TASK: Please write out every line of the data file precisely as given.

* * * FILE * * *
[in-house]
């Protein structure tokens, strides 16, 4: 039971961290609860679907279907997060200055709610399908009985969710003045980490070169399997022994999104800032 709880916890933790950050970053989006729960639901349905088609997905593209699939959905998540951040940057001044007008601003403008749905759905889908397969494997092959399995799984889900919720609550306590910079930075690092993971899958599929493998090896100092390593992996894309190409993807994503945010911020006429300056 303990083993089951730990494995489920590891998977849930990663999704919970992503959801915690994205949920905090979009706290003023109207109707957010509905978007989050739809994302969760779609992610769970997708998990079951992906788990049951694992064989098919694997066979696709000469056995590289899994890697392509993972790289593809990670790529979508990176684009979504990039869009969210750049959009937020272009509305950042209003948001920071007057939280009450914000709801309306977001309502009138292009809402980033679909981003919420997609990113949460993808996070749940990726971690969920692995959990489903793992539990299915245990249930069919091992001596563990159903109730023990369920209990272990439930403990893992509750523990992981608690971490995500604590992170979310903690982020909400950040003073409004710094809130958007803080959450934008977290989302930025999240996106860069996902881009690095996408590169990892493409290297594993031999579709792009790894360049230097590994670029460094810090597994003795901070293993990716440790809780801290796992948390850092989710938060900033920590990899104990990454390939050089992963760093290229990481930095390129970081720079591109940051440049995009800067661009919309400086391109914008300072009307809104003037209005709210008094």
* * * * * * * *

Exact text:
[in-house]
């Protein structure tokens, strides 16, 4: 039971961290609860679907279907997060200055709610399908009985969710003045980490070169399997022994999104800032 709880916890933790950050970053989006729960639901349905088609997905593209699939959905998540951040940057001044007008601003403008749905759905889908397969494997092959399995799984889900919720609550306590910079930075690092993971899958599929493998090896100092390593992996894309190409993807994503945010911020006429300056 303990083993089951730990494995489920590891998977849930990663999704919970992503959801915690994205949920905090979009706290003023109207109707957010509905978007989050739809994302969760779609992610769970997708998990079951992906788990049951694992064989098919694997066979696709000469056995590289899994890697392509993972790289593809990670790529979508990176684009979504990039869009969210750049959009937020272009509305950042209003948001920071007057939280009450914000709801309306977001309502009138292009809402980033679909981003919420997609990113949460993808996070749940990726971690969920692995959990489903793992539990299915245990249930069919091992001596563990159903109730023990369920209990272990439930403990893992509750523990992981608690971490995500604590992170979310903690982020909400950040003073409004710094809130958007803080959450934008977290989302930025999240996106860069996902881009690095996408590169990892493409290297594993031999579709792009790894360049230097590994670029460094810090597994003795901070293993990716440790809780801290796992948390850092989710938060900033920590990899104990990454390939050089992963760093290229990481930095390129970081720079591109940051440049995009800067661009919309400086391109914008300072009307809104003037209005709210008094």